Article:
Written and directed by Paul Bushe and Brian O’Neill, Killers Within is the fifth feature-length movie by the Irish duo.
This Irish home-invasion horror film starts quite intense with four masked assailants kidnapping a little boy and punching his mother to keep her away, although this opening scene is rather unbelievable as well: I mean, four masked people kidnapping someone in a public park in broad daylight with nobody noticing anything? That’s a bit awkward.
Anyway, we then learn that the kid’s mother is badass police officer Amanda Doyle (Sue Walsh) who, together with her ex-husband (Jeff Doyle) and a group of dodgy people, elaborate a plan to pay the ransom and get their son back: they have to break into the house of a very wealthy family and get as much money as they can. Little that they know, the family they’re planning to rob is much more dangerous than they thought.
Although the plan, from how I described it, seems rather silly and unimaginative, the way it works in the movie is quite effective: in fact, I was rather impressed by the build-up in Killers Within, which is long and realistic. The different characters aren’t per se developed, but the actors play them in such a genuine way that they look more like real people than, indeed, actors.
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This is one of the aspects that I always like about British, Irish and Welsh films: characters in them act and react to various situations in the way you would act and react. One of the best aspects of Killers Within is that the dialogue flows naturally, it doesn’t appear to be scripted, which makes the first act of the movie very much enjoyable and intriguing.
Unfortunately, the good premise gets ruined as the story progresses. Unlike you’re a devoted conspiracy theorist, you’ll probably feel the same way I do. If you watch the movie, you’ll understand what I mean by that!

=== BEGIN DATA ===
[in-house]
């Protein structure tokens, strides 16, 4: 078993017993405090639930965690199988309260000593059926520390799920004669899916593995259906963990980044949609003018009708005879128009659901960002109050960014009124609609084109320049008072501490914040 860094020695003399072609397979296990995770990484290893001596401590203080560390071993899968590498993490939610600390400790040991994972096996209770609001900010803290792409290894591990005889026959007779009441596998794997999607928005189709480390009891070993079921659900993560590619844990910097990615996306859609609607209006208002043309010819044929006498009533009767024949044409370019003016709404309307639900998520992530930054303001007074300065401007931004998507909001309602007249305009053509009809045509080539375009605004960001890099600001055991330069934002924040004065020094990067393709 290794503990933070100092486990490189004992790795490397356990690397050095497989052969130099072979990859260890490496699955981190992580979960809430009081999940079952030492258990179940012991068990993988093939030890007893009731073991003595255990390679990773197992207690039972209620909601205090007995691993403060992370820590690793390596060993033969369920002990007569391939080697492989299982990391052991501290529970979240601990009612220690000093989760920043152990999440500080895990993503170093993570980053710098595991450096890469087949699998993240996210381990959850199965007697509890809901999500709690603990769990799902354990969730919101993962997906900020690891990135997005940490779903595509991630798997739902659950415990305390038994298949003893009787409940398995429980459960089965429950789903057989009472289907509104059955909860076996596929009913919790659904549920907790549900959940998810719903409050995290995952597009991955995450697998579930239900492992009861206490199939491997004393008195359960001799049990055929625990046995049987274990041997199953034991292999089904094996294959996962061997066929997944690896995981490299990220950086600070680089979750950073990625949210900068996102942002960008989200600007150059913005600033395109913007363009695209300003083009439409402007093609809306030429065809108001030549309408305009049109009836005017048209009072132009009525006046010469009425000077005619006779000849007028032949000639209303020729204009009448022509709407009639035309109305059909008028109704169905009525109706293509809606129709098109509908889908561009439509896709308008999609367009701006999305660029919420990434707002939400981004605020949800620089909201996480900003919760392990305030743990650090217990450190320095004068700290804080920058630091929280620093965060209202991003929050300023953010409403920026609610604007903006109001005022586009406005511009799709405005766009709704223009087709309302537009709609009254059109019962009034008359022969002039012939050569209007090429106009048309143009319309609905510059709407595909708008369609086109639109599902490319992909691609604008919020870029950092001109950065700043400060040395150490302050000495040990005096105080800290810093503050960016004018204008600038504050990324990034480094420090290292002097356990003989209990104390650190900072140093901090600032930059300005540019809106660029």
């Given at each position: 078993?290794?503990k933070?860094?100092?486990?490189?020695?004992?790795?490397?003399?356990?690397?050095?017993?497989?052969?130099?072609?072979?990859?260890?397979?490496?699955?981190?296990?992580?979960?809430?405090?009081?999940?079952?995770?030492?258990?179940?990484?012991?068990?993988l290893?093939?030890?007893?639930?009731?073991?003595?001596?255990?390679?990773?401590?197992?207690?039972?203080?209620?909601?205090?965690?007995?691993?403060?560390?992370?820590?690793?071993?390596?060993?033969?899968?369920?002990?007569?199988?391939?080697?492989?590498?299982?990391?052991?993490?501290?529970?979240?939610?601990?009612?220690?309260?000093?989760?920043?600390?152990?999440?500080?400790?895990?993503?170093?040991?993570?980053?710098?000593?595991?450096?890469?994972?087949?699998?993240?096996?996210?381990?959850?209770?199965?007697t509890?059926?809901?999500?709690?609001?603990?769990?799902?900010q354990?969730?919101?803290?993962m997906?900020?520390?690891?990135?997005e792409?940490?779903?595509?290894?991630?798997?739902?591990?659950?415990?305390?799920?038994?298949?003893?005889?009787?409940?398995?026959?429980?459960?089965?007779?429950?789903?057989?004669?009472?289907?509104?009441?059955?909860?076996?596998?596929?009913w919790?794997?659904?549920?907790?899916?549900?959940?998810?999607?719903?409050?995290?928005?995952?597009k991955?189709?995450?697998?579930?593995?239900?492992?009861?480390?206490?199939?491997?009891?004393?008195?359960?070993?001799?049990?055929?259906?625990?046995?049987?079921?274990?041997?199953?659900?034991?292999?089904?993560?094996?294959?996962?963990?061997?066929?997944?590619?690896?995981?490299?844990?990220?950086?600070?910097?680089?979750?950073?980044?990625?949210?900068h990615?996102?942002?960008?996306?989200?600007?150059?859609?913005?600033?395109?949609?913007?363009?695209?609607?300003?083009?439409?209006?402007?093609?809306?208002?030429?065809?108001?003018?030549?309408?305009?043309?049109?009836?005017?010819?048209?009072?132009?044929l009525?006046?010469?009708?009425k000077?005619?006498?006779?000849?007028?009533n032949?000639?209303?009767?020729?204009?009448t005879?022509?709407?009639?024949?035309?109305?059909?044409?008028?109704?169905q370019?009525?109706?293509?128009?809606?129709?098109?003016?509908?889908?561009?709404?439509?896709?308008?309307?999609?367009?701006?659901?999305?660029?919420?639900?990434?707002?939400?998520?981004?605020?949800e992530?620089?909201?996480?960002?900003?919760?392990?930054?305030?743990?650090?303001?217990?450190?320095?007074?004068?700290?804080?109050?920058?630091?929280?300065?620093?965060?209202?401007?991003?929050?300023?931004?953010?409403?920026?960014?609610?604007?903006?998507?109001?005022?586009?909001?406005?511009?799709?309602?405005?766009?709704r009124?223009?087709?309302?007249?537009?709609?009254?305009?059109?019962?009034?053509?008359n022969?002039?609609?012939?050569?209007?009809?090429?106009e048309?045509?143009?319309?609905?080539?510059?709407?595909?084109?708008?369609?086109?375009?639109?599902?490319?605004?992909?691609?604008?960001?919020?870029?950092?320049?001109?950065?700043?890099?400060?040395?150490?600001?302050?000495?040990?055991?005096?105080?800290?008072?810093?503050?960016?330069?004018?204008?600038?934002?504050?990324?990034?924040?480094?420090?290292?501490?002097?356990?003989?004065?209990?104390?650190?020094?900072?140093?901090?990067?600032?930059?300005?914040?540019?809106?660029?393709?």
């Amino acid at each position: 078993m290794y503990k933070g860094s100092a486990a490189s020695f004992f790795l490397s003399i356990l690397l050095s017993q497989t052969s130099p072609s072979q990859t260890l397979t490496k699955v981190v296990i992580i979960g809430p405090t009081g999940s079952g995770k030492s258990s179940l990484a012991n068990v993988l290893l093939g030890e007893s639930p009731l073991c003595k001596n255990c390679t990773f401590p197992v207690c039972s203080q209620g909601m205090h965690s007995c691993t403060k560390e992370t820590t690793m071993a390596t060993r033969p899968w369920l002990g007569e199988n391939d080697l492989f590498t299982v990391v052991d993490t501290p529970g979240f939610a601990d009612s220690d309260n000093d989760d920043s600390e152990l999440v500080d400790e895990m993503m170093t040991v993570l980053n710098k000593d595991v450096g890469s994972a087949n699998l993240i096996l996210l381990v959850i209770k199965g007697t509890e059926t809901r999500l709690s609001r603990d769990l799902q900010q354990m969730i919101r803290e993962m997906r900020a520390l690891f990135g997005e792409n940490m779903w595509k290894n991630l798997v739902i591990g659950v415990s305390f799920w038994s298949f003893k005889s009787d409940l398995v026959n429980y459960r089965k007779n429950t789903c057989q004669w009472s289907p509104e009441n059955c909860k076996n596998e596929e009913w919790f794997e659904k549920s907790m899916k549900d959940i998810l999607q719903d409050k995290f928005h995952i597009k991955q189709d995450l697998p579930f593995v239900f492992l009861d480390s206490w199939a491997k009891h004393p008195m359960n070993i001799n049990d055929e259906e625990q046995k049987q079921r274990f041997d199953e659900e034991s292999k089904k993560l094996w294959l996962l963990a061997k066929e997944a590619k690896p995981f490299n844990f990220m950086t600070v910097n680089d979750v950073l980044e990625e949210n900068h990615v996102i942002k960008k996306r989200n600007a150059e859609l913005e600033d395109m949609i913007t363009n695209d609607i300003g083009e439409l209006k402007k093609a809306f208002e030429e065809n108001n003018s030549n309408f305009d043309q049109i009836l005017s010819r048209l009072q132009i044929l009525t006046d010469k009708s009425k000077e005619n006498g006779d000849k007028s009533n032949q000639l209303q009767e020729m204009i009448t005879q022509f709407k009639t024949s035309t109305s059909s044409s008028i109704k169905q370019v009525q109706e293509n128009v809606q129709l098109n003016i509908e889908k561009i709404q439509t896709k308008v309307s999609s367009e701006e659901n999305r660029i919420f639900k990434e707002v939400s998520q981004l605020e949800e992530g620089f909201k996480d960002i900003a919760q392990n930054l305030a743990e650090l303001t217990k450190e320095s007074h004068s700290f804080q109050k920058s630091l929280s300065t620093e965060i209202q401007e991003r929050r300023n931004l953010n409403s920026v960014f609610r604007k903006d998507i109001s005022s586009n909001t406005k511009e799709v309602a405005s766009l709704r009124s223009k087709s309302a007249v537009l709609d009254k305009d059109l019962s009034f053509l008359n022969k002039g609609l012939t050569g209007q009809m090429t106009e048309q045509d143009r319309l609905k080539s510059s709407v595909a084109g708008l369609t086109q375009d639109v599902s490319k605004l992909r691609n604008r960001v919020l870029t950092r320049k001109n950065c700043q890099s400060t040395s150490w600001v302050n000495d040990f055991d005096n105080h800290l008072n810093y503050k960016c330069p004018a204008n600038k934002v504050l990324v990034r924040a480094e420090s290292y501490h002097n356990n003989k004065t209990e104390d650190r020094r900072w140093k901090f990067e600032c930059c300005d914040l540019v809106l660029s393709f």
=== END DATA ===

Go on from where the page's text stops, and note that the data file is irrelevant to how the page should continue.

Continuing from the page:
As soon as the horror-related stuff happens, Killers Within loses its potential and impact in favour of formulaic home-invasion action… awkwardly mixed with sci-fi and creature-feature elements.
Even though I respect the filmmakers for trying an original approach to the sub-genre, their attempt falls flat as the low-budget doesn’t allow them to craft interesting fight sequences and the music becomes more and more uninspired.
Although Killers Within features some graphic and gory sequences, the way they’re shown – simply put, it’s too dark to fully appreciate them – makes them rather frustrating and unsatisfying. On top of that, sloppy editing and exposition-driven moments really break the pacing, which really is a shame because, despite its shortcomings and issues, Killers Within is never really boring or dull.
Also, once you get to the last 30 minutes, it becomes quite obvious as to how the film will end, which makes the ending itself not really worth waiting for.
Granted, Killers Within is still a good way to kill (see what I did there?) some free time, but it’s not a movie experience I would recommend. If you’re interested in other horror flicks dealing with conspiracy theories, click on the images below to get some movies about conspiracies:
Killers Within 5/10
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